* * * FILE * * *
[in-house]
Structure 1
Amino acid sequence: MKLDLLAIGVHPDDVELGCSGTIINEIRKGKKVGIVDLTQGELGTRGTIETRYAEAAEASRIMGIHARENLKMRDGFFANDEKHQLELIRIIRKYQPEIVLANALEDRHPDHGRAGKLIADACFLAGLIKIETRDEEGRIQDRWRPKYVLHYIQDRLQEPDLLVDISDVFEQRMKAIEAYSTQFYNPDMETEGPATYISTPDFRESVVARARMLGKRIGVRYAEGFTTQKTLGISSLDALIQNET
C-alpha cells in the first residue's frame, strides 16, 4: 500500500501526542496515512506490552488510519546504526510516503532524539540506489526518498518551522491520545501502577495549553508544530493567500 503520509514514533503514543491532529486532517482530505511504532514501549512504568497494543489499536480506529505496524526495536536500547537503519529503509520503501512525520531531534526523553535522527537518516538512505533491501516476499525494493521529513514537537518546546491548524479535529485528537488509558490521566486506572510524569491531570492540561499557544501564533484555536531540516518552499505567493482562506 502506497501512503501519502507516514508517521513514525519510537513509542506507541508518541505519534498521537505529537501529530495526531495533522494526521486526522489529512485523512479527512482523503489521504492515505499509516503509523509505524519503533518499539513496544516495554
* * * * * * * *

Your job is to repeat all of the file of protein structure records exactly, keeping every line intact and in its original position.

[in-house]
Structure 1
Amino acid sequence: MKLDLLAIGVHPDDVELGCSGTIINEIRKGKKVGIVDLTQGELGTRGTIETRYAEAAEASRIMGIHARENLKMRDGFFANDEKHQLELIRIIRKYQPEIVLANALEDRHPDHGRAGKLIADACFLAGLIKIETRDEEGRIQDRWRPKYVLHYIQDRLQEPDLLVDISDVFEQRMKAIEAYSTQFYNPDMETEGPATYISTPDFRESVVARARMLGKRIGVRYAEGFTTQKTLGISSLDALIQNET
C-alpha cells in the first residue's frame, strides 16, 4: 500500500501526542496515512506490552488510519546504526510516503532524539540506489526518498518551522491520545501502577495549553508544530493567500 503520509514514533503514543491532529486532517482530505511504532514501549512504568497494543489499536480506529505496524526495536536500547537503519529503509520503501512525520531531534526523553535522527537518516538512505533491501516476499525494493521529513514537537518546546491548524479535529485528537488509558490521566486506572510524569491531570492540561499557544501564533484555536531540516518552499505567493482562506 502506497501512503501519502507516514508517521513514525519510537513509542506507541508518541505519534498521537505529537501529530495526531495533522494526521486526522489529512485523512479527512482523503489521504492515505499509516503509523509505524519503533518499539513496544516495554